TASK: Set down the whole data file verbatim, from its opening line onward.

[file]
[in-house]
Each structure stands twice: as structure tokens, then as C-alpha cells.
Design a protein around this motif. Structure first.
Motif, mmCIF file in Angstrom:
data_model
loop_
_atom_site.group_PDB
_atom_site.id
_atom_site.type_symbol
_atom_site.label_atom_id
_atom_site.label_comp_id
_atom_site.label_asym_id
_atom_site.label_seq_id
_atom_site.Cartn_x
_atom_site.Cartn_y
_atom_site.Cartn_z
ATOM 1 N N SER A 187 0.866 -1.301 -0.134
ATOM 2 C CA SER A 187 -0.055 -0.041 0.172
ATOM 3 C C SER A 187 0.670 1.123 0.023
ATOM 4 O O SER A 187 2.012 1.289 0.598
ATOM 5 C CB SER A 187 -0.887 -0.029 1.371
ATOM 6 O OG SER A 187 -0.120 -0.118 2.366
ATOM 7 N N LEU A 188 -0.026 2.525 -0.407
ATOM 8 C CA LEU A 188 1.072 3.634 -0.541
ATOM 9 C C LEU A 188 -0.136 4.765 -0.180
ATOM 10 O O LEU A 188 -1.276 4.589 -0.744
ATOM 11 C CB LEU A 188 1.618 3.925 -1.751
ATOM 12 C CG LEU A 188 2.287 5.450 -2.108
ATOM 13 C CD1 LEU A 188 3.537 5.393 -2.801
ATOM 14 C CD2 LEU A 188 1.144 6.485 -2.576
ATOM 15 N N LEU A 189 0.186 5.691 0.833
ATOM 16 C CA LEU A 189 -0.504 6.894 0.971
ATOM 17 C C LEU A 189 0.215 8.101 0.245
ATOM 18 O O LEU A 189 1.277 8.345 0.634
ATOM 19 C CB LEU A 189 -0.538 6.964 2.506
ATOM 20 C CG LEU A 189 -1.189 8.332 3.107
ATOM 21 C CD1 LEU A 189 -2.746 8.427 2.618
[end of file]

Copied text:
[in-house]
Each structure stands twice: as structure tokens, then as C-alpha cells.
Design a protein around this motif. Structure first.
Motif, mmCIF file in Angstrom:
data_model
loop_
_atom_site.group_PDB
_atom_site.id
_atom_site.type_symbol
_atom_site.label_atom_id
_atom_site.label_comp_id
_atom_site.label_asym_id
_atom_site.label_seq_id
_atom_site.Cartn_x
_atom_site.Cartn_y
_atom_site.Cartn_z
ATOM 1 N N SER A 187 0.866 -1.301 -0.134
ATOM 2 C CA SER A 187 -0.055 -0.041 0.172
ATOM 3 C C SER A 187 0.670 1.123 0.023
ATOM 4 O O SER A 187 2.012 1.289 0.598
ATOM 5 C CB SER A 187 -0.887 -0.029 1.371
ATOM 6 O OG SER A 187 -0.120 -0.118 2.366
ATOM 7 N N LEU A 188 -0.026 2.525 -0.407
ATOM 8 C CA LEU A 188 1.072 3.634 -0.541
ATOM 9 C C LEU A 188 -0.136 4.765 -0.180
ATOM 10 O O LEU A 188 -1.276 4.589 -0.744
ATOM 11 C CB LEU A 188 1.618 3.925 -1.751
ATOM 12 C CG LEU A 188 2.287 5.450 -2.108
ATOM 13 C CD1 LEU A 188 3.537 5.393 -2.801
ATOM 14 C CD2 LEU A 188 1.144 6.485 -2.576
ATOM 15 N N LEU A 189 0.186 5.691 0.833
ATOM 16 C CA LEU A 189 -0.504 6.894 0.971
ATOM 17 C C LEU A 189 0.215 8.101 0.245
ATOM 18 O O LEU A 189 1.277 8.345 0.634
ATOM 19 C CB LEU A 189 -0.538 6.964 2.506
ATOM 20 C CG LEU A 189 -1.189 8.332 3.107
ATOM 21 C CD1 LEU A 189 -2.746 8.427 2.618